Vampire Hunter's Guide
Over the ages, certain artifacts have gained a reputation among popular cultures as ways to ward off, or even kill, vampires. This guide takes you through the historical meaning and reasoning behind the ways we've found to hunt the vampire. So grab your crucifix, and wade on in!
Early mythological vampires did not sleep in coffins. Up until the 19th century, only the very rich could afford coffins, and so much of the history of vampires did not include a 'secured' burial - indeed, it was the very precarious nature of medieval burial that fostered the fear that vampires could very easily rise from their final resting place in the earth.
Even up to the time of Dracula, vampires did not require coffins to slumber. All that was required was that the vampire rested in its native soil. When Dracula came to England, he brought crate upon crate of his native soil with him, and it was that soil in which he rested and regained his strength.
In more recent times, the best explanation for the commonality of the coffin to all vampire stories rests in the fact that vampires are dead; today, we bury our dead in coffins. The coffin also provides protection from sunlight (which is known in modern times to damage or kill the vampire). However, the coffin has provided a perfect target for the vampire hunter - a vitally important aspect of the modern vampire story.
Still, in these more secular times, the most modern of vampire writers are again challenging the myths of old. In Anne Rice's Vampire Chronicles as well as other novels in this decade, vampires require nothing but protection from sunlight. Crypts, sealed rooms, and even the earth itself is sufficient for their needs.
The crucifix is a major symbol of the Christian faith. Many times shown on a chain or rosary beads, the crucifix has the body of Christ attached to the cross.
Although Christianity had liked vampires to Satanism as early as the 16th century, it was not until Bram Stoker's Dracula that the crucifix was considered to have power against the vampire. Stoker imbued the crucifix with an almost supernatural power. He used the cross as symbolic representation of Christ and all that is holy. Because historical Christian thinking encouraged associating vampires with Satan, a symbol like the crucifix with its Christian power, would ward off the beast. In Dracula, the crucifix drained the vampire's strength. It could also burn vampire flesh, and leave a mark on the skin of anyone who had been bitten by a vampire.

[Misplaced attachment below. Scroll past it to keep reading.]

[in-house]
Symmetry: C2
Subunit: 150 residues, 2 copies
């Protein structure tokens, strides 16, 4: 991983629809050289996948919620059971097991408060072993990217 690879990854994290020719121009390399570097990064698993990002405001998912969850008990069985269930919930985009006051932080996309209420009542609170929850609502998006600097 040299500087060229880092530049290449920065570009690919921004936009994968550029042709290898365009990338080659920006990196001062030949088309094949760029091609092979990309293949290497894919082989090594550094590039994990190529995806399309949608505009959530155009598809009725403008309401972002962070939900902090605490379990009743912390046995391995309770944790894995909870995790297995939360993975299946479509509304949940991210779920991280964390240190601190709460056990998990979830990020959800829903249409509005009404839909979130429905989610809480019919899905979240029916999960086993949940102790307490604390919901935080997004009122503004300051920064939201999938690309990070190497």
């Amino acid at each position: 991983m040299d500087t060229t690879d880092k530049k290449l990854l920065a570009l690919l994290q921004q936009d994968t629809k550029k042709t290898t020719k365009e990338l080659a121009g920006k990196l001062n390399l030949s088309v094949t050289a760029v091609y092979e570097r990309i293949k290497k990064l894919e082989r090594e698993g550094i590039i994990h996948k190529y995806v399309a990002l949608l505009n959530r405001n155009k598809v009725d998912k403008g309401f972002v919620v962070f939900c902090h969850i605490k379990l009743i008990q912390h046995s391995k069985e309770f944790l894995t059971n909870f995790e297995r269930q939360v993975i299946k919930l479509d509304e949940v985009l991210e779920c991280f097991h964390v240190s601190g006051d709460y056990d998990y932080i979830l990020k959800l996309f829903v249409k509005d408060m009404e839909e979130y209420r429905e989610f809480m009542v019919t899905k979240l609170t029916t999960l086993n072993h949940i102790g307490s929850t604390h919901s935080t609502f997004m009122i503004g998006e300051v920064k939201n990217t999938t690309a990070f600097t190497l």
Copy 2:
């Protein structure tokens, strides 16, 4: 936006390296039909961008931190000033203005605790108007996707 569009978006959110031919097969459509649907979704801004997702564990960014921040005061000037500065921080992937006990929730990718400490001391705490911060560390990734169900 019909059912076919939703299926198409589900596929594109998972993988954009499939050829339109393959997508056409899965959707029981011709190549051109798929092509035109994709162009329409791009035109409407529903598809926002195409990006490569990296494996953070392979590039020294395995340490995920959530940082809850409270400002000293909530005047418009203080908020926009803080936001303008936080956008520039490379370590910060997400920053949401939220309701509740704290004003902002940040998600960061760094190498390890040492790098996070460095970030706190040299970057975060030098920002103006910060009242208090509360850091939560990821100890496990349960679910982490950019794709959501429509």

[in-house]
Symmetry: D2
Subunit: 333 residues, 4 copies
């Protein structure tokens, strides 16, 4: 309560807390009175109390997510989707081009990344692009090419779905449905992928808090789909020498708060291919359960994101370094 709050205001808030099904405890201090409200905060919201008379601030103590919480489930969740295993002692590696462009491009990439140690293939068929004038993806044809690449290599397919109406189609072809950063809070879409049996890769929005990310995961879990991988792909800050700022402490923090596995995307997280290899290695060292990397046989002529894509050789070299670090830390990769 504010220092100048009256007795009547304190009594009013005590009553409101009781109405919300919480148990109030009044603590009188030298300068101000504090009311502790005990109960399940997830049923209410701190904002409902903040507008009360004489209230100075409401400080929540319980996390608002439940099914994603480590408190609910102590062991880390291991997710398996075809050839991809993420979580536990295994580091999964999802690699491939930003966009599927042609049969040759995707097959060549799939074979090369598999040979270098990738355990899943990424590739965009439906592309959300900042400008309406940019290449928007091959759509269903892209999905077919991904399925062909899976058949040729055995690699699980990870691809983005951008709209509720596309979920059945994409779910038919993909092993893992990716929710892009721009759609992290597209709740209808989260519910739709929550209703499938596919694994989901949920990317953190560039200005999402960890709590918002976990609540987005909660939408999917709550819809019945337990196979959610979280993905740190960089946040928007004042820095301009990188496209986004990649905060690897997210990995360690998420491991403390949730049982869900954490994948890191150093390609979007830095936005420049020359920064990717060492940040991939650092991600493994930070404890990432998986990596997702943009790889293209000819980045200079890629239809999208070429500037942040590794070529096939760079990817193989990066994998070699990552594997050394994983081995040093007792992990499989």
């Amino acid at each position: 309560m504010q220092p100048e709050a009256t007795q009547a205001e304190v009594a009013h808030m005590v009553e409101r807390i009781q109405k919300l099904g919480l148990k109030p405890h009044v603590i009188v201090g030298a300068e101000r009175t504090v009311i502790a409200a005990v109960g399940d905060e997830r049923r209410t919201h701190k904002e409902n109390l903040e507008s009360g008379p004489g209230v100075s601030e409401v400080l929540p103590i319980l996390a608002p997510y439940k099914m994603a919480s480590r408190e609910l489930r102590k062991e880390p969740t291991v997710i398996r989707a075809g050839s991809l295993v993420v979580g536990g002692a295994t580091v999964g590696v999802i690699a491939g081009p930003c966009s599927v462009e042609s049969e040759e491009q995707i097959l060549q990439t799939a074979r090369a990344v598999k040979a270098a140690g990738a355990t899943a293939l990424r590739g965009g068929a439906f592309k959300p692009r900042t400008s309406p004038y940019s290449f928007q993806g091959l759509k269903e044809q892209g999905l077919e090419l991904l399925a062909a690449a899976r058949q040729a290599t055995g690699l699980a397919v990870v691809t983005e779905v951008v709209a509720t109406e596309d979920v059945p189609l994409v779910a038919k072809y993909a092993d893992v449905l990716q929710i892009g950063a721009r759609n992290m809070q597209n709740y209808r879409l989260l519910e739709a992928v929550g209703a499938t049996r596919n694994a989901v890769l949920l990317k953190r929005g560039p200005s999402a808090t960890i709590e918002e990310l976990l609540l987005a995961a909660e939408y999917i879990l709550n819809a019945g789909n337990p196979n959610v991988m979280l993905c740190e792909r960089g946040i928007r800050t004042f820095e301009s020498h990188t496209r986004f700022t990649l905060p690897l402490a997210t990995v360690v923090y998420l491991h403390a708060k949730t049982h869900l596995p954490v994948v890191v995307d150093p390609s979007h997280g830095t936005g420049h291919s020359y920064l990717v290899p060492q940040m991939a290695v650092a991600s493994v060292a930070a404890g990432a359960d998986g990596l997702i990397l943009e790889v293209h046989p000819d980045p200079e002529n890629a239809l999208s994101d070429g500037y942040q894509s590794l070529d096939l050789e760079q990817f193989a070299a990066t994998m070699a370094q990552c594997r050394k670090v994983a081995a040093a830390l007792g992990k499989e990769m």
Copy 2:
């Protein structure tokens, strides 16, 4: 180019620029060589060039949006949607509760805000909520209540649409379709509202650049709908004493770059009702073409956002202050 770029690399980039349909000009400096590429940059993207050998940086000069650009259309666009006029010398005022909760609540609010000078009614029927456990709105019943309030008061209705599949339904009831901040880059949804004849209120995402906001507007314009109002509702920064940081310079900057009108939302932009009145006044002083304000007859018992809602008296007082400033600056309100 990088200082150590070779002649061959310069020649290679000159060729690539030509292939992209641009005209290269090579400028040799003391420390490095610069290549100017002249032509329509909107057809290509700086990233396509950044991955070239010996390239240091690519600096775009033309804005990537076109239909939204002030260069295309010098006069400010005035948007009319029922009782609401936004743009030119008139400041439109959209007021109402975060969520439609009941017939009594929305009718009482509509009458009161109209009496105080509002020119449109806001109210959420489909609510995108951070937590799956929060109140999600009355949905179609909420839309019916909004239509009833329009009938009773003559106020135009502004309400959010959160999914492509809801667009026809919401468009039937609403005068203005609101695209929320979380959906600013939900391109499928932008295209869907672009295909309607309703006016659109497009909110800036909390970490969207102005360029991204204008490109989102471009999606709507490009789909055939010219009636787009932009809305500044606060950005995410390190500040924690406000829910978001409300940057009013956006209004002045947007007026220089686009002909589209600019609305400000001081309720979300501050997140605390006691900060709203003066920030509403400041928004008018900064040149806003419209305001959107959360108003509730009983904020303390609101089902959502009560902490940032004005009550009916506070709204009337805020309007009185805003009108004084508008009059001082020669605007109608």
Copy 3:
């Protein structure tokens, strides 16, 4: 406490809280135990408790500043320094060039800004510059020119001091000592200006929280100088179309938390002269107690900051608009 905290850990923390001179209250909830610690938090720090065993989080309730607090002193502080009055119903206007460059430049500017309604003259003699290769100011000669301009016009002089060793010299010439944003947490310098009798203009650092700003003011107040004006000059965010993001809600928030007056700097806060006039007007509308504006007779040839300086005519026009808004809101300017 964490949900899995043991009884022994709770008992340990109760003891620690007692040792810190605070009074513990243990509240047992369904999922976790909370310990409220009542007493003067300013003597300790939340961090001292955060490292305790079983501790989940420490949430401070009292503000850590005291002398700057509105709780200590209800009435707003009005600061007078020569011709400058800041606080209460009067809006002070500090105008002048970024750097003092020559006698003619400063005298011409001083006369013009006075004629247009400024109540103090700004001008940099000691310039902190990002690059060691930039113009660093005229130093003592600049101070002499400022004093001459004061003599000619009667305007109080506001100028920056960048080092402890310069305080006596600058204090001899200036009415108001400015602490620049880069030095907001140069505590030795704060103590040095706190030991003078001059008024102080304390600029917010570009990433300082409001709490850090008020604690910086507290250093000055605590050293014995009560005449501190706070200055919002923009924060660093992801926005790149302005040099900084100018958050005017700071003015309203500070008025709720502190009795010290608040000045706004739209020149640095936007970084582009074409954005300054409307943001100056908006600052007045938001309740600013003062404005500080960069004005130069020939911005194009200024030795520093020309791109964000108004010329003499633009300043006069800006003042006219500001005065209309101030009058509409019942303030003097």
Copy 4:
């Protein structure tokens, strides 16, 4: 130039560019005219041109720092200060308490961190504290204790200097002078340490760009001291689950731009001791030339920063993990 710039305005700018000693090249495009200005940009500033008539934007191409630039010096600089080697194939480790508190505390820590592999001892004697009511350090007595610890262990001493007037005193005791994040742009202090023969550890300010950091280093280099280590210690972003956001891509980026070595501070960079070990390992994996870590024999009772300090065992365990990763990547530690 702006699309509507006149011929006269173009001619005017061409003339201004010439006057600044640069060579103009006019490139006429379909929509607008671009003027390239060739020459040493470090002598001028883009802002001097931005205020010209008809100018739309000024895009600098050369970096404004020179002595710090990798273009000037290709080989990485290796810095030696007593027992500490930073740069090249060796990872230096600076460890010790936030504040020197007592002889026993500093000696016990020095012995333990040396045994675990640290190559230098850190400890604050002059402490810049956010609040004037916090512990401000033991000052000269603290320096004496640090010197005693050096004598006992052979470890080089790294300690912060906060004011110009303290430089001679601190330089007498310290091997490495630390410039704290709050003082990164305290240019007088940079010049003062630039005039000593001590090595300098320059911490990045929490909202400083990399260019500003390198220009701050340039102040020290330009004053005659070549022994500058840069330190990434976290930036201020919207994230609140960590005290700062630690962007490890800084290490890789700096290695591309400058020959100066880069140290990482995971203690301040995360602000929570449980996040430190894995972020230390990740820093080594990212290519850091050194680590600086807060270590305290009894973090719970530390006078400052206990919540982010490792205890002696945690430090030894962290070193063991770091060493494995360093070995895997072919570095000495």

Stoker's ideas were carried on into modern literature and film, although often the crucifix was substituted by the empty cross, without the corpus. More recent twentieth century authors, such as Anne Rice, began to break with tradition by creating vampires who were immune to the effects of the cross and other religious symbols. These were true secular vampires who were not associated with Satan and therefore were not affected by artifacts imbued with Christian power.
In Christianity, one of the most sacred objects is the eucharistic wafer. The wafer is a symbol of the body of Christ, and together with wine (the symbol of the blood of Christ), it is taken during the Holy Communion of the Eucharist. Older religions such as Roman Catholicism look upon the eucharistic objects as being mystically empowered by the spirit of Christ.
Because of its apparent mystical powers, the wafer was often used in ancient times for other purposes. It was used both in burial when the deceased had lived an evil life, and to ward off spirits. Many historical religious papers cited these other uses for the wafer. It's believed that Bram Stoker used these papers as a basis for the wafer's power in his book, Dracula. In the book, Abraham Von Helsing used the wafer many times; it left a mark on Mina's skin when held to her forehead, and Von Helsing used it to seal Lucy's grave until he could return to kill her.